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COA clarifies ruling in negligent hiring lawsuit

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The Indiana Court of Appeals affirmed their decision to reverse the grant of an insurer’s motion for summary judgment against the parent company of a hotel. On rehearing, the appellate court denied that the other defendants involved in the lawsuit should benefit from the decision regarding Holiday Hospitality Franchising because the other parties didn’t appeal the original ruling.

In Holiday Hospitality Franchising, Inc. v. AMCO Company, et al., No. 33A01-1103-CT-104, Holiday Inn Express of New Castle and Anil Megha, argued on rehearing that the reversal of summary judgment with regards to Holiday Hospitality should apply to them as well. The three were parties in a negligent hiring suit, in which the parent of R.H.M., a 15-year-old guest at the New Castle hotel, sued after the teen was molested by a hotel employee. The trial court ruled that the molestation wasn’t an “occurrence” as that term is defined in the hotel’s insurance policy with AMCO Insurance Co.

Only Holiday Hospitality appealed the trial court ruling, but now the other defendants claim the reversal of summary judgment should apply to them as well, citing Appellate Rule 17(A), which says “a party of record in the trial court … shall be a party on appeal.”

“We agree with the Petitioners that, contrary to the footnote in our opinion, all parties to the trial court proceeding below are parties on appeal. However, this does not necessitate that the procedural disposition of our opinion, the reversal of summary judgment as to Holiday Hospitality, apply to any party other than Holiday Hospitality,” wrote Chief Judge Margret Robb. “The other Petitioners forfeited the right to appeal the trial court’s grant of summary judgment against them.”

 

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  1. What is this, the Ind Supreme Court thinking that there is a separation of powers and limited enumerated powers as delegated by a dusty old document? Such eighteen century thinking, so rare and unwanted by the elites in this modern age. Dictate to us, dictate over us, the massess are chanting! George Soros agrees. Time to change with times Ind Supreme Court, says all President Snows. Rule by executive decree is the new black.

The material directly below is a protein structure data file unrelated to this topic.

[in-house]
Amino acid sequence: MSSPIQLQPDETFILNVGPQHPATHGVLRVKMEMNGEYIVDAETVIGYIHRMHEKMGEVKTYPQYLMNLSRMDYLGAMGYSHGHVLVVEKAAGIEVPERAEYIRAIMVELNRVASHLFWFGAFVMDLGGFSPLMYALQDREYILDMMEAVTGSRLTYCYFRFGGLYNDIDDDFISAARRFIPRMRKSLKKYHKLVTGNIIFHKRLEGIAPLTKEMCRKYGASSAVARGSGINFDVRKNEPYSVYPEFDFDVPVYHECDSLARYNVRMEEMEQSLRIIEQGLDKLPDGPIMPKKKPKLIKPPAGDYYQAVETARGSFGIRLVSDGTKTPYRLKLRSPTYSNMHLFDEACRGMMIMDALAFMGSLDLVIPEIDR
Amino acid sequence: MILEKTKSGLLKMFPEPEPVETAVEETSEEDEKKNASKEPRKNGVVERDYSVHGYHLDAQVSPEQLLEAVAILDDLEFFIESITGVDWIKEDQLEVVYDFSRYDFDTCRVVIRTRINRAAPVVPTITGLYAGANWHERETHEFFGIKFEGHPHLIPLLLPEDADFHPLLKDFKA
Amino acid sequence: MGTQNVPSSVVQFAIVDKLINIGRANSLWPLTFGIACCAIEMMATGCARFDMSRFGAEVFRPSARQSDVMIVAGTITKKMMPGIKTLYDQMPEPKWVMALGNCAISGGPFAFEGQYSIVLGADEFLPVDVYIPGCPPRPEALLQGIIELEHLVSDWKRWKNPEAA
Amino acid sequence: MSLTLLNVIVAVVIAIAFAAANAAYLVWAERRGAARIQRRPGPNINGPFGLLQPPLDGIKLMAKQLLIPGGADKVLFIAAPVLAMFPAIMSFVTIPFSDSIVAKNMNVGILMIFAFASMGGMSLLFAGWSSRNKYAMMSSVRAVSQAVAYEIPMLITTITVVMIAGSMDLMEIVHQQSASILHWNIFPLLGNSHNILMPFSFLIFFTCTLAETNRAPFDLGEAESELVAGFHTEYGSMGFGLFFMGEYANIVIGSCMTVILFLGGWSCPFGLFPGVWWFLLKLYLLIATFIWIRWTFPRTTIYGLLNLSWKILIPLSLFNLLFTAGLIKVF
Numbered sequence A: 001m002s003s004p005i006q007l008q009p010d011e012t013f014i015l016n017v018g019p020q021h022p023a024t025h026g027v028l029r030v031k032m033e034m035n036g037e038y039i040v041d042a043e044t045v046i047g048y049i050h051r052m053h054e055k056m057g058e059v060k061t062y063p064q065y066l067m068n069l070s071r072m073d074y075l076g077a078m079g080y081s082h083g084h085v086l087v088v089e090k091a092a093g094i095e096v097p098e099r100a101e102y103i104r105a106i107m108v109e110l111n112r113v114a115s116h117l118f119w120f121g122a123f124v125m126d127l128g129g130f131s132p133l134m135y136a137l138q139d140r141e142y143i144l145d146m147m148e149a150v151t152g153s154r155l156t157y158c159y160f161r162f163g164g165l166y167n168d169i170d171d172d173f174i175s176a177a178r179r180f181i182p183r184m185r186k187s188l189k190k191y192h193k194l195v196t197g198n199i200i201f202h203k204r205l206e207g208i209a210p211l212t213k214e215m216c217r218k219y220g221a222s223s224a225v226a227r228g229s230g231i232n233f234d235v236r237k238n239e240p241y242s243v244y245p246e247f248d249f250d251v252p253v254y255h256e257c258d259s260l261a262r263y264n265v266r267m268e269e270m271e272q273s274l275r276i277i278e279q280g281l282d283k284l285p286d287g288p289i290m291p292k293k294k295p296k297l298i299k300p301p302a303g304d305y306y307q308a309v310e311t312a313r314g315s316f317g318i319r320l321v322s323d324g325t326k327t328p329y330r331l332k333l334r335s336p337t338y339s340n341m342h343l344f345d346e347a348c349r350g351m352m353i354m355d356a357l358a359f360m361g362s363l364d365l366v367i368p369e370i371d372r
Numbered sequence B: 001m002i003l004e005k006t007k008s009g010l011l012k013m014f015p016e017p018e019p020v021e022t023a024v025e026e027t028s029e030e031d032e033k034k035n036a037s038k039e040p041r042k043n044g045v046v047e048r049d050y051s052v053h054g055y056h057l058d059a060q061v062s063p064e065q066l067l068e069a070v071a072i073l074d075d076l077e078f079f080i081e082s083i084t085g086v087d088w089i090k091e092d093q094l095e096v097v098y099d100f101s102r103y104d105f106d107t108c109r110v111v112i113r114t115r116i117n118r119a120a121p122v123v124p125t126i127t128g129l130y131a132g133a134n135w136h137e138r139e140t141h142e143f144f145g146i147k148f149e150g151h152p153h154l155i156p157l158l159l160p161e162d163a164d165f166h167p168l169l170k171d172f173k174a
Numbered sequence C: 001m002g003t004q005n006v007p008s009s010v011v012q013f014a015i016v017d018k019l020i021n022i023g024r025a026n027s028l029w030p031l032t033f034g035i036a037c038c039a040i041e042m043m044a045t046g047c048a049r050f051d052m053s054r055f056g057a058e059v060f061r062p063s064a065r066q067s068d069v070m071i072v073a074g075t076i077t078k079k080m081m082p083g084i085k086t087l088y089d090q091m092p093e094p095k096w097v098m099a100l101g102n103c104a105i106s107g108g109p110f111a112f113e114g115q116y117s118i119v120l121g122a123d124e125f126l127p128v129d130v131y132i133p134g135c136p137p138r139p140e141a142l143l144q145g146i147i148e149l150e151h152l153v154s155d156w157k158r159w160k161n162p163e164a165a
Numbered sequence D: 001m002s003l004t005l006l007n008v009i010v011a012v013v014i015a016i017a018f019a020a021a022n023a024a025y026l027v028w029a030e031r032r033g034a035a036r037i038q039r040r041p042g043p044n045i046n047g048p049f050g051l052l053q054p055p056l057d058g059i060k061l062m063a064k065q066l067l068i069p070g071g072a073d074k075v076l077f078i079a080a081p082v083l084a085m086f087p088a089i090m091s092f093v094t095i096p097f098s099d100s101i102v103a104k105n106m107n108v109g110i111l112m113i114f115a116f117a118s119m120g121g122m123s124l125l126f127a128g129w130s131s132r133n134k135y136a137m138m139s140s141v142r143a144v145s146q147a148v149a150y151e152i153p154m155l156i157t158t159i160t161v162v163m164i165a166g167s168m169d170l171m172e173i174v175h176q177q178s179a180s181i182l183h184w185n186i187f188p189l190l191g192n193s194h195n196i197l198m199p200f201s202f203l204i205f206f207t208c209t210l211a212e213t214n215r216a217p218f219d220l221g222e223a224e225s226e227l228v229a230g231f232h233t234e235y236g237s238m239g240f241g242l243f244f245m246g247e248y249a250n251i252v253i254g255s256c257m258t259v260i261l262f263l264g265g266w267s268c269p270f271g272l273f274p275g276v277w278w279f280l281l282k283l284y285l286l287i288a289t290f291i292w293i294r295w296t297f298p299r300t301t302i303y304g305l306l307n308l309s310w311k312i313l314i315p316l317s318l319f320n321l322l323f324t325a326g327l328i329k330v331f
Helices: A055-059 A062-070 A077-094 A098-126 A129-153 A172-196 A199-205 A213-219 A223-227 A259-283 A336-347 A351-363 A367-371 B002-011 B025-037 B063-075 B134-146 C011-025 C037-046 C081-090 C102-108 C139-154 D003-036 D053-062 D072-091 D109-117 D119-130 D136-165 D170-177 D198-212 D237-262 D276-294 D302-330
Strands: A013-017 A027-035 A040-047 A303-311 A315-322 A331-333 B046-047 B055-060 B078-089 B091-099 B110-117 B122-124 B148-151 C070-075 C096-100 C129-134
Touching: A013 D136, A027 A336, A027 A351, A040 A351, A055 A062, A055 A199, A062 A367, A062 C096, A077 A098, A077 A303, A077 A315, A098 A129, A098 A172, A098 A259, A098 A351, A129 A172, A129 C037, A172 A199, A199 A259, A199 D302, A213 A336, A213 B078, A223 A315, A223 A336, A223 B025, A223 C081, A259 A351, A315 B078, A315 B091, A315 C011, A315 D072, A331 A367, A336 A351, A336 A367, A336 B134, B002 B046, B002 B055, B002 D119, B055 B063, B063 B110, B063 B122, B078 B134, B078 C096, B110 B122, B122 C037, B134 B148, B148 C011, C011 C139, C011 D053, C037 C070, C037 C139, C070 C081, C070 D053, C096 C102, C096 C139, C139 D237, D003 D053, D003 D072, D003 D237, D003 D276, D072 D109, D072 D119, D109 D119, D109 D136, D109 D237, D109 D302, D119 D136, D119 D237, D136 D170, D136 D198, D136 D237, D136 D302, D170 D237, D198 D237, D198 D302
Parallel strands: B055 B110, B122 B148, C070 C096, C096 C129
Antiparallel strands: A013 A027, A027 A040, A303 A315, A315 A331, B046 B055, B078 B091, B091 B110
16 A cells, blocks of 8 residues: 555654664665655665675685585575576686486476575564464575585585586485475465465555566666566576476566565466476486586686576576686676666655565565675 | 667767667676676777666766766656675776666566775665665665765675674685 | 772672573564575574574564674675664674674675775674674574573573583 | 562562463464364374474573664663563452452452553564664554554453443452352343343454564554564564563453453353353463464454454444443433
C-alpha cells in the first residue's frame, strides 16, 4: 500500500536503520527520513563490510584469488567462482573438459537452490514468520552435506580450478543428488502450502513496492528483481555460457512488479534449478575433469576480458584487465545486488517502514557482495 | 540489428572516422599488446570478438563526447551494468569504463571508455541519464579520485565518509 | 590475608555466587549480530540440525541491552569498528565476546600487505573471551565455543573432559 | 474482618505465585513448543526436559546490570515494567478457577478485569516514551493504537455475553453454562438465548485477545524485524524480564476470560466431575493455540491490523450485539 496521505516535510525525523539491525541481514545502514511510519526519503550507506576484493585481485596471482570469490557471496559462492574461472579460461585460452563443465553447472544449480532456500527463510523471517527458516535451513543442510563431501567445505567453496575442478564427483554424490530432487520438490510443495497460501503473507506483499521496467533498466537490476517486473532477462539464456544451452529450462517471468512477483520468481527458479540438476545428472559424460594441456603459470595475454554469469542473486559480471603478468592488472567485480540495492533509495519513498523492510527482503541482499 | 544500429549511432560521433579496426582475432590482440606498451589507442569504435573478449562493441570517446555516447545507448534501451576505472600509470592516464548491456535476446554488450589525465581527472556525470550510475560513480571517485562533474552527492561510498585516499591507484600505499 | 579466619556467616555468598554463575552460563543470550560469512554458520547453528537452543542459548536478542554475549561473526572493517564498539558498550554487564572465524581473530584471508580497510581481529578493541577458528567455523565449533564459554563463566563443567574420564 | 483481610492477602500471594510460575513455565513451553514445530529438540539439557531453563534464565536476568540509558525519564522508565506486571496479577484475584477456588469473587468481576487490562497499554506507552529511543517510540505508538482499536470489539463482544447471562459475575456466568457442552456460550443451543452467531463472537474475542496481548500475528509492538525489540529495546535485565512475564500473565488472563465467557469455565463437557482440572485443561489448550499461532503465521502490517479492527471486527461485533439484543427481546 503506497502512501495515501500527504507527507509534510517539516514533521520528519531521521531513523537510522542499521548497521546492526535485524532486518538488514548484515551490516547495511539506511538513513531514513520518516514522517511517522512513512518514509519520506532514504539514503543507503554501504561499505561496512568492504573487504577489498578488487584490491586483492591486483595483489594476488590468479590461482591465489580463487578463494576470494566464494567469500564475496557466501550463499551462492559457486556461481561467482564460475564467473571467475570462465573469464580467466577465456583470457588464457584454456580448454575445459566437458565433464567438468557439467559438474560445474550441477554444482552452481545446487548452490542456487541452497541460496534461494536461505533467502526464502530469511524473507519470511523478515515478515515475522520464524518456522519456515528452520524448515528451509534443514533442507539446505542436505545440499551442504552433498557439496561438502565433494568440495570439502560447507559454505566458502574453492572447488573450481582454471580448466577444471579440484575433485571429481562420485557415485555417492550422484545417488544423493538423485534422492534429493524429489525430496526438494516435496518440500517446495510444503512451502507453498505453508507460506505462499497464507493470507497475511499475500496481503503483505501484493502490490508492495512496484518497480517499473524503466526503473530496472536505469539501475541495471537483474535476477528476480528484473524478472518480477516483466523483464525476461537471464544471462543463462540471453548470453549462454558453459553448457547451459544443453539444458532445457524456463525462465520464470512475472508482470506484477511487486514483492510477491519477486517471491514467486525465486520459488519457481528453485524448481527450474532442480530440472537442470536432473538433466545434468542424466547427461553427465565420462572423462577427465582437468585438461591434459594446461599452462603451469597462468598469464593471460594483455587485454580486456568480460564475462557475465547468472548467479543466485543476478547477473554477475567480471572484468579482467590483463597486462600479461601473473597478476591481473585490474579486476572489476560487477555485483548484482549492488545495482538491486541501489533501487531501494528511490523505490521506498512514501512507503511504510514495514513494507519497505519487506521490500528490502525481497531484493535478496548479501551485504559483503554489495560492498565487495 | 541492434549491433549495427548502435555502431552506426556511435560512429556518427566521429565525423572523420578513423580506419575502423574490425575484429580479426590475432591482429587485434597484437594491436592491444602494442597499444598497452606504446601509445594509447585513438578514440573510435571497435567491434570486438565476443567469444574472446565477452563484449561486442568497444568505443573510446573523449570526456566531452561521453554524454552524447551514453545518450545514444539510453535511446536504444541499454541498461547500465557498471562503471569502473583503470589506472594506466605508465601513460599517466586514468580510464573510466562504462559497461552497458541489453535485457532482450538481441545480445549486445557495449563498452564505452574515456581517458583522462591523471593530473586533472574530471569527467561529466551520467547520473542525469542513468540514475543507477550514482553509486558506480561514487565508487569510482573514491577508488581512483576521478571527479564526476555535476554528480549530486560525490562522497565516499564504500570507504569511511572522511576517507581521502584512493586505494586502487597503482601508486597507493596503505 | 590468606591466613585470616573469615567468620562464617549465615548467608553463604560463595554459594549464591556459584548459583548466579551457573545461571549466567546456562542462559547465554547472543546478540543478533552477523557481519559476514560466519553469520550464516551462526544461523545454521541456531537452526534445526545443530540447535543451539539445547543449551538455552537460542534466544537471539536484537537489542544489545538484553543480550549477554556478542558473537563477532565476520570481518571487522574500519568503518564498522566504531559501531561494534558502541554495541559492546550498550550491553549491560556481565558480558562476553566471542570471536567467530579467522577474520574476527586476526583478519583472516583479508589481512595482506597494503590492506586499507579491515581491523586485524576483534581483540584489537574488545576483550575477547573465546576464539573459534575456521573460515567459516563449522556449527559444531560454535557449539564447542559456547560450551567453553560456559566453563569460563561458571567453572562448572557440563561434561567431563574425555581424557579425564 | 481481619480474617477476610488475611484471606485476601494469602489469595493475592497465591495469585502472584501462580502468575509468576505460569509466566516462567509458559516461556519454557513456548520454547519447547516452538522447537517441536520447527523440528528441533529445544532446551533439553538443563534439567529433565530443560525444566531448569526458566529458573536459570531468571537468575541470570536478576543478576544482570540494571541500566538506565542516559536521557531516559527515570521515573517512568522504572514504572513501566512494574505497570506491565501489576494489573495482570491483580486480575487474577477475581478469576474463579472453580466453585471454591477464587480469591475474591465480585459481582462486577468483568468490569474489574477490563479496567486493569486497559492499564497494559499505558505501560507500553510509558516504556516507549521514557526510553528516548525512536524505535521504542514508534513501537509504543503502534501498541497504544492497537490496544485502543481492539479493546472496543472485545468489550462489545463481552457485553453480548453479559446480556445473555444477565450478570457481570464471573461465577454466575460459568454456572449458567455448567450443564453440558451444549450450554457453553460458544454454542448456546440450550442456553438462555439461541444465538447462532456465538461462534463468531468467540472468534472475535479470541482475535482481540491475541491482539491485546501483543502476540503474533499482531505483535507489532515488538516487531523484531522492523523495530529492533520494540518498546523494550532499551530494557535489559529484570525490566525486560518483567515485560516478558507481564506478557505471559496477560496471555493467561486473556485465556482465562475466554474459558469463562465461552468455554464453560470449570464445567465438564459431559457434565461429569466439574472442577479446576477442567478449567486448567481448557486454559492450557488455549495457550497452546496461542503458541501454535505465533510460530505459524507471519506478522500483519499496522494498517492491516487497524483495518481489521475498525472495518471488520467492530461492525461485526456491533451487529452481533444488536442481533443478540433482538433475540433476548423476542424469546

2. I made the same argument before a commission of the Indiana Supreme Court and then to the fedeal district and federal appellate courts. Fell flat. So very glad to read that some judges still beleive that evidentiary foundations matter.

  3. KUDOS to the Indiana Supreme Court for realizing that some bureacracies need to go to the stake. Recall what RWR said: "No government ever voluntarily reduces itself in size. Government programs, once launched, never disappear. Actually, a government bureau is the nearest thing to eternal life we'll ever see on this earth!" NOW ... what next to this rare and inspiring chopping block? Well, the Commission on Gender and Race (but not religion!?!) is way overdue. And some other Board's could be cut with a positive for State and the reputation of the Indiana judiciary.

  4. During a visit where an informant with police wears audio and video, does the video necessary have to show hand to hand transaction of money and narcotics?

  5. I will agree with that as soon as law schools stop lying to prospective students about salaries and employment opportunities in the legal profession. There is no defense to the fraudulent numbers first year salaries they post to mislead people into going to law school.

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